It never occurred to me that you could make paper out of anything other than cellulose fibers. Wrong, wrong. CaCO3, calcium carbonate, in combination with some 20% polyethylene resins makes a very paper-like material: mix it up and roll it out. Uses no wood, no water, no bleach. And the resultant sheet is foldable and waterproof. More tuned in than me Wired was writing about stone paper in 2013.

Calcium carbonate is no stranger to the paper making process: it’s a large ingredient in the chalky coating applied to “art papers”, what we call coated papers. If you want to make a smooth paper, suitable for the reproduction of color images in fine detail, various materials, including kaolinite, calcium carbonate, bentonite, and talc are used with synthetic viscosifiers to create a sort of paint which is applied to both sides of the sheet of paper as it rolls through the machine. Doctor blades and rollers regulate the amount of coating, and the resultant sandwich of coating-paper-coating can be more or less “polished” by calender rollers. Coating can also be applied to one side of the paper only: paperback covers are often printed on C1S (coated one side) board.

But here we are talking about making paper without any wood fiber: just with calcium carbonate, which is often available as a waste product. Hunter Bliss of Pebble Printing Group in Shenzen, China, talks about this development at Printing Impressions. He tells us of stone paper manufacturing being set up in China, India and Egypt. Tireless innovator, Mr Bliss is also working on printing on reconstituted plastic bottles turned into book covering material, a project he discusses at this second video interview. Stone paper looks just like paper, though it does feel smoother than wood fiber papers do: not that this is a disadvantage! It seems to be quite widely available: Amazon sent me some booklets overnight: I figured these would be good for notes made in the open air, even in the rain.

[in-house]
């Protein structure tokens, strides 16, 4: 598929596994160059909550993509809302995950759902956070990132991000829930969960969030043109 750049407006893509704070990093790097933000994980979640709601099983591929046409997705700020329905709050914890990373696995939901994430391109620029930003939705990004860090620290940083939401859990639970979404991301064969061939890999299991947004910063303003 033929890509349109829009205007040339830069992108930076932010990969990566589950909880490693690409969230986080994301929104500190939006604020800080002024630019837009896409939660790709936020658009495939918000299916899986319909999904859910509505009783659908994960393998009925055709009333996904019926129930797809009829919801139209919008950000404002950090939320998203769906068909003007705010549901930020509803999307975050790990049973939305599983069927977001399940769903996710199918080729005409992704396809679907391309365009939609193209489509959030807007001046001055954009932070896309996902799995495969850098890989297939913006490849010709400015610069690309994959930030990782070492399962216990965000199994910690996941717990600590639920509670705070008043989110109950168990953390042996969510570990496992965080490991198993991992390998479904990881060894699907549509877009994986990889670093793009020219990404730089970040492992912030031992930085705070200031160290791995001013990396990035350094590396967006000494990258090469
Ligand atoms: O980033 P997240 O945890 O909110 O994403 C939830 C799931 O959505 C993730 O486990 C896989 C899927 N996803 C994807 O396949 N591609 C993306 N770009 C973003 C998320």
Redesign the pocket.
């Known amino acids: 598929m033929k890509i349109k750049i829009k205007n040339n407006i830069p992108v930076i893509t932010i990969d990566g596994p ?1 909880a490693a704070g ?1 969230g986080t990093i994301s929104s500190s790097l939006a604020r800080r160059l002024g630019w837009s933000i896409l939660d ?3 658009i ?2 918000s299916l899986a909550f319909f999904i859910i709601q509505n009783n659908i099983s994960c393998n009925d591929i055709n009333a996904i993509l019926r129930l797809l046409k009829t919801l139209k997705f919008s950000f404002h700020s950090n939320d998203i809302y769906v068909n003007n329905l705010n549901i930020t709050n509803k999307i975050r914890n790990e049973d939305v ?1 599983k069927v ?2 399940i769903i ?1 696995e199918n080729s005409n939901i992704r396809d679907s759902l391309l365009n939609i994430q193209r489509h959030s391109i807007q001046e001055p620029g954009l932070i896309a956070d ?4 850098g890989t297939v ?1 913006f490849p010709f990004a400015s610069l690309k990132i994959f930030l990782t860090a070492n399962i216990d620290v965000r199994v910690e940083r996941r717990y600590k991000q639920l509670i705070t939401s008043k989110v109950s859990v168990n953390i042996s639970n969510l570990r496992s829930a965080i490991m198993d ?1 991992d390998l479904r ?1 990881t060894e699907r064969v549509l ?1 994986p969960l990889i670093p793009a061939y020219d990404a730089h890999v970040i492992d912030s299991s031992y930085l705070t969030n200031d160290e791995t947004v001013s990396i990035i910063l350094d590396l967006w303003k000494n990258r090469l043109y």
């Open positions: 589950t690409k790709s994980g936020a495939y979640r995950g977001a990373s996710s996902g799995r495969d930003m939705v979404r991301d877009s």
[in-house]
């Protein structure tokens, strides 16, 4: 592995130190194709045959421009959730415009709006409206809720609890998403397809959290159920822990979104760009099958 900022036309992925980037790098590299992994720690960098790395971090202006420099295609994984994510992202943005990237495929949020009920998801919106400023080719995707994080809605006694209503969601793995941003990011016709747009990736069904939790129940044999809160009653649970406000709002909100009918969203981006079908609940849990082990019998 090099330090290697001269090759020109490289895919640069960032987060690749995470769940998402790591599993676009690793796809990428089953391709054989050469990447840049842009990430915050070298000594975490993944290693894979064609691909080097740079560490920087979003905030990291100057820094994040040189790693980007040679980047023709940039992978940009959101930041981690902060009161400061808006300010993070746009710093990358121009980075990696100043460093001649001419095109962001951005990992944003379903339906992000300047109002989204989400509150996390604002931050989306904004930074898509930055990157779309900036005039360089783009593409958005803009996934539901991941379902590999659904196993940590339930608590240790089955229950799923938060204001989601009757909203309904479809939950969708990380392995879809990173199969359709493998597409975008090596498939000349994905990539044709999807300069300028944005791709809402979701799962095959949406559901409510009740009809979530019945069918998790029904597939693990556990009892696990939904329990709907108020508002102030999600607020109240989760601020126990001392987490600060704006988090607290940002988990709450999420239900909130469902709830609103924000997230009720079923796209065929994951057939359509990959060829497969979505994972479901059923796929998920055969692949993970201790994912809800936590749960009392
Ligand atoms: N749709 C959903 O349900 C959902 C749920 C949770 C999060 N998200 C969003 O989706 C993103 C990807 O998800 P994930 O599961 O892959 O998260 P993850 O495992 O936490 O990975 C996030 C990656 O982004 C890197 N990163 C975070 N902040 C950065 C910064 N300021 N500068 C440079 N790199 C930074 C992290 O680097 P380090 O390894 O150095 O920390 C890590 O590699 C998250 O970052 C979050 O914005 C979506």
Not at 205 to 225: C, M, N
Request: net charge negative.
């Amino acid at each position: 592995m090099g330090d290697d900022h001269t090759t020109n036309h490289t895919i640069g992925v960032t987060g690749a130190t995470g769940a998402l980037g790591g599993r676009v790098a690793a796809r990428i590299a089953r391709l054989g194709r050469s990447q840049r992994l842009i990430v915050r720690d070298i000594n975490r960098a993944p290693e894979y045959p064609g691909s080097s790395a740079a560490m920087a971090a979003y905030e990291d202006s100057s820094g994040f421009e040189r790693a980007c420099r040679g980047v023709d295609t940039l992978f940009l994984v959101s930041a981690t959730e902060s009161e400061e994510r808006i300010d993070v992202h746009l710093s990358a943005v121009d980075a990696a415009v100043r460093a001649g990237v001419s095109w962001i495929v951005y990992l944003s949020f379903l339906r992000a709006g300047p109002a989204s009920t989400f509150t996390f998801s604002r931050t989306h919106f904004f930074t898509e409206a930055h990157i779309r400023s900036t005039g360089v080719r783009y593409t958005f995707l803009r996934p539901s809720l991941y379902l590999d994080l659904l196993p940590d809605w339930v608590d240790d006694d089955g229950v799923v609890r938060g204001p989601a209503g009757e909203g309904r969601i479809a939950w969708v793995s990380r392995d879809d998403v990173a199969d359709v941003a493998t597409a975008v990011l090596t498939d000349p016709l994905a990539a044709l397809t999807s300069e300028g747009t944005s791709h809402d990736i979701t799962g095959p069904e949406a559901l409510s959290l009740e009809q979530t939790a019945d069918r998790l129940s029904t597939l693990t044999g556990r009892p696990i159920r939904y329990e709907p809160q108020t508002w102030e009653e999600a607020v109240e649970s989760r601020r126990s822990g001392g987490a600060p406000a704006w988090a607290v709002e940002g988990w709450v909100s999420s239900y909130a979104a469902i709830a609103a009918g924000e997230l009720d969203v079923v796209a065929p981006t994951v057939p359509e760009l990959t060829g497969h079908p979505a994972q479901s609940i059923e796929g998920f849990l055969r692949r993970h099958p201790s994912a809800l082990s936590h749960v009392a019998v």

If you don’t see a video here please click on the title of this post in order to view it in your browser.

Will stone paper invade the world of books? On the face of it there’s no reason to doubt it: we just need to get the manufacturing up to scale and there would appear to be few reasons against it. Warnings about photodegradability and lack of heat resistance may sound ominous but of course a paper book left in the sun will decay too, and excessive heat was never a book’s friend. It’s true that most of the people talking stone paper up are involved in the business, and might therefore not be entirely objective, but problems exist to be solved, and there’s an obvious attraction in the idea of using waste marble with much reduced carbon dioxide emissions.

I wonder if binding might not be a limiting factor. The little booklets I bought are 48-pagers with perforations so you can tear out pages after you’ve made a note — apparently tearing is something stone paper isn’t very good at! These 48 pages are held by two wire staples. I dare say a needle could go through to allow for Smyth sewing, but I expect perfect binding might be problematic. In a paperback book, the perfect bound pages are held together by glue which adheres to each and every leaf by the bond formed between the adhesive and the roughened up fibers of the paper. Presumably trying to roughen up the edge of stone paper would be liable to just make it smoother, not rougher, there being no fibers there to raise. Still, maybe some sort of rock-solid adhesive can do the trick, while still permitting flexibility. If Mr Bliss is right and stone paper can really be made for about half the cost of “real” paper, maybe the economics of cheaper paper plus more expensive binding will work out for the book business.

A few years back I described a waterproof paper made by Rite in the Rain. This is a regular cellulose fiber paper to which a waterproof coating has been applied.